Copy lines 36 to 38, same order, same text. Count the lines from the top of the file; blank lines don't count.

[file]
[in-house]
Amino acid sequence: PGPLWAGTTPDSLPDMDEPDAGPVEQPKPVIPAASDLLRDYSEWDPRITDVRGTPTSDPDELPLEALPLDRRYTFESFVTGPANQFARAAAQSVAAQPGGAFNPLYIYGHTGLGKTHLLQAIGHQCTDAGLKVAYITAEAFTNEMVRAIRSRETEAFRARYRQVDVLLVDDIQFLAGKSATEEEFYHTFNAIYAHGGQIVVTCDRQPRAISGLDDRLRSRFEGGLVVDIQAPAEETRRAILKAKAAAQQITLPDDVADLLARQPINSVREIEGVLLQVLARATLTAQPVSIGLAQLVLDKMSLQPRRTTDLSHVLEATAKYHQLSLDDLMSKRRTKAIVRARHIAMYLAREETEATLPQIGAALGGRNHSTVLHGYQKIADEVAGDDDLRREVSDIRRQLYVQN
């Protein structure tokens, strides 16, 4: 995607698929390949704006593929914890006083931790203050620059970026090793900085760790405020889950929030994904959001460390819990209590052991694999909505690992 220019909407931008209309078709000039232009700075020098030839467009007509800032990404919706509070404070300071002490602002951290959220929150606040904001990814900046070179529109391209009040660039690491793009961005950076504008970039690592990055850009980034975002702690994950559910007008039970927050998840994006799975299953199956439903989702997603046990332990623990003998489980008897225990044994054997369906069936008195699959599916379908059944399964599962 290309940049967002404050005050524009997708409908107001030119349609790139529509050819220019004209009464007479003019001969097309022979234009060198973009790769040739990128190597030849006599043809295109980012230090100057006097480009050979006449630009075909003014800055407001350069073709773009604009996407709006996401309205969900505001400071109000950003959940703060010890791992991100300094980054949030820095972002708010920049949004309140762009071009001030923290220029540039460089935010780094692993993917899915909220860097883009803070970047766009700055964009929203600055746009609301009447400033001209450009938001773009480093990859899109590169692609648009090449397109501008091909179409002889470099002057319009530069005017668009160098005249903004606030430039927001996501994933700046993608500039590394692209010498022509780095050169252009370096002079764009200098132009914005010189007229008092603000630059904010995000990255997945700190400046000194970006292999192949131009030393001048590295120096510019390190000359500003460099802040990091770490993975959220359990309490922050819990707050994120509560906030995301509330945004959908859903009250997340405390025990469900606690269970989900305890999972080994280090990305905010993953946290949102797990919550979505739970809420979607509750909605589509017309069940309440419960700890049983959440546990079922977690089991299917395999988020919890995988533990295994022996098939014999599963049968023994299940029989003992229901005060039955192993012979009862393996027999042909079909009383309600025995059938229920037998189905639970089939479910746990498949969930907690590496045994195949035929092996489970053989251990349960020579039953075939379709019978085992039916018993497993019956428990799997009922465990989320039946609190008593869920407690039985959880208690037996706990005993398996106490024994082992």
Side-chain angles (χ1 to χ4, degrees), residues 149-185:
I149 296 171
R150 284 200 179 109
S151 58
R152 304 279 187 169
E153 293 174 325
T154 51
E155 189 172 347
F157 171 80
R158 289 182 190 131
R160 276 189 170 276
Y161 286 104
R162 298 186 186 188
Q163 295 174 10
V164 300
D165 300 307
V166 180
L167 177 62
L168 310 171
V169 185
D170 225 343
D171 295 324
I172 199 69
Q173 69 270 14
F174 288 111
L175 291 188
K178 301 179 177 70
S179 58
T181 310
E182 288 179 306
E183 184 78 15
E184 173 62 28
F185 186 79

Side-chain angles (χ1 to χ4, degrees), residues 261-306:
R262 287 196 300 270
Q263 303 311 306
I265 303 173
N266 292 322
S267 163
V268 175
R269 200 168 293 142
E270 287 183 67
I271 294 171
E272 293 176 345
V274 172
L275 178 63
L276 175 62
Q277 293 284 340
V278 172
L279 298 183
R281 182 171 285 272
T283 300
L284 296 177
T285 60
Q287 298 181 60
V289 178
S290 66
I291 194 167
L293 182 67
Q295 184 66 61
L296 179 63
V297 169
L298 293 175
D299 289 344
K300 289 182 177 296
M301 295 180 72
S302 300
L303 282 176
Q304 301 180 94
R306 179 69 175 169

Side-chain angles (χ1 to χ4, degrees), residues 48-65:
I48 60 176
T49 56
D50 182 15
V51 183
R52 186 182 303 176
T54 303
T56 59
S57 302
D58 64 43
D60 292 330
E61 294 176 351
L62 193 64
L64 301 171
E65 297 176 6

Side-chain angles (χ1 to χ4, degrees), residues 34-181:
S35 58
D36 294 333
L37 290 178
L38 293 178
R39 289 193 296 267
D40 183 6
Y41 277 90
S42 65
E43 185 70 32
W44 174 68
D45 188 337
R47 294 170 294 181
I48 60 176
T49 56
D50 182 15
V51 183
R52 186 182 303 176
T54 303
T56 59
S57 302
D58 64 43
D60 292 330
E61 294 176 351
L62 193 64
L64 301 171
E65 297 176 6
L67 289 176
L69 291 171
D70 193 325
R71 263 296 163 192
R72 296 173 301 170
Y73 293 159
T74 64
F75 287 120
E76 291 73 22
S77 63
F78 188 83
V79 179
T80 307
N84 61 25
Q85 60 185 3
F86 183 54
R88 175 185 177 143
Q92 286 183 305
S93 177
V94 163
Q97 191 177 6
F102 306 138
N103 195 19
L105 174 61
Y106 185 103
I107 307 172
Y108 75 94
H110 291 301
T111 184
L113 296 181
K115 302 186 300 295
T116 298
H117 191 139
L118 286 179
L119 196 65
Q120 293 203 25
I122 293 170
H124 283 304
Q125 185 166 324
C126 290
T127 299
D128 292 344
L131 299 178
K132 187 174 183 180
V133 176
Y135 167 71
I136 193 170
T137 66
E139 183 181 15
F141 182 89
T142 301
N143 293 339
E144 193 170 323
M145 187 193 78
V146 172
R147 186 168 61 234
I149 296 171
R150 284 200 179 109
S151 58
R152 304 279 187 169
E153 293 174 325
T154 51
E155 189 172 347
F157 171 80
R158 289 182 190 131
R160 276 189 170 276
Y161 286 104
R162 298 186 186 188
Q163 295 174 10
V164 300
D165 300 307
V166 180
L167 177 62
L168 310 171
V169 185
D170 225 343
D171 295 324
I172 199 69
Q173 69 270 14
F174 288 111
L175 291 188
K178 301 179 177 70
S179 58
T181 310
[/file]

F185 186 79

Side-chain angles (χ1 to χ4, degrees), residues 261-306:
R262 287 196 300 270